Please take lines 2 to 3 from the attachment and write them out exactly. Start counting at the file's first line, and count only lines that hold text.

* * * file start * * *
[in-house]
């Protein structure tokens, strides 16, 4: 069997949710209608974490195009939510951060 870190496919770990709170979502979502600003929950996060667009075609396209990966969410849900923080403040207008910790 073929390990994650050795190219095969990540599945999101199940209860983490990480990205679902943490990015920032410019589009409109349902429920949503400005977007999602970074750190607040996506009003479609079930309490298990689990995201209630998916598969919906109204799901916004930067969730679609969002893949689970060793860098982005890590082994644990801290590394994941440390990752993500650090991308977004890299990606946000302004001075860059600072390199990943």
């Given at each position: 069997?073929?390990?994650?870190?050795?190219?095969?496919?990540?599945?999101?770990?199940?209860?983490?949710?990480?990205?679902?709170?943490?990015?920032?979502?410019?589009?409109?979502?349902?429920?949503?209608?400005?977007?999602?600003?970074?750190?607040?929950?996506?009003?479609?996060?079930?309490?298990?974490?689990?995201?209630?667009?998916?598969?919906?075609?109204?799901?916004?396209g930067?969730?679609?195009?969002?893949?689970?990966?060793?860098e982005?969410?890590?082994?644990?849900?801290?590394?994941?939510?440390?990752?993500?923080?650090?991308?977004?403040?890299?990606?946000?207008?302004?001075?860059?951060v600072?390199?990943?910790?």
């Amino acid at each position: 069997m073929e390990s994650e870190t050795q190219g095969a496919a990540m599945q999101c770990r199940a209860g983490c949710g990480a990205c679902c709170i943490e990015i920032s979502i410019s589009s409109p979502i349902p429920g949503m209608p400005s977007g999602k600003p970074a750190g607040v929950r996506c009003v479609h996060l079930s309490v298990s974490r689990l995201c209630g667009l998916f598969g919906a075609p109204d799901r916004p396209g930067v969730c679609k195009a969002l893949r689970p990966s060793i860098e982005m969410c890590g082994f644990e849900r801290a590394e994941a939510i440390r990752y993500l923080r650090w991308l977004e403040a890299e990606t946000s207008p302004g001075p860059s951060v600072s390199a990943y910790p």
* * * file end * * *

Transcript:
């Protein structure tokens, strides 16, 4: 069997949710209608974490195009939510951060 870190496919770990709170979502979502600003929950996060667009075609396209990966969410849900923080403040207008910790 073929390990994650050795190219095969990540599945999101199940209860983490990480990205679902943490990015920032410019589009409109349902429920949503400005977007999602970074750190607040996506009003479609079930309490298990689990995201209630998916598969919906109204799901916004930067969730679609969002893949689970060793860098982005890590082994644990801290590394994941440390990752993500650090991308977004890299990606946000302004001075860059600072390199990943």
């Given at each position: 069997?073929?390990?994650?870190?050795?190219?095969?496919?990540?599945?999101?770990?199940?209860?983490?949710?990480?990205?679902?709170?943490?990015?920032?979502?410019?589009?409109?979502?349902?429920?949503?209608?400005?977007?999602?600003?970074?750190?607040?929950?996506?009003?479609?996060?079930?309490?298990?974490?689990?995201?209630?667009?998916?598969?919906?075609?109204?799901?916004?396209g930067?969730?679609?195009?969002?893949?689970?990966?060793?860098e982005?969410?890590?082994?644990?849900?801290?590394?994941?939510?440390?990752?993500?923080?650090?991308?977004?403040?890299?990606?946000?207008?302004?001075?860059?951060v600072?390199?990943?910790?």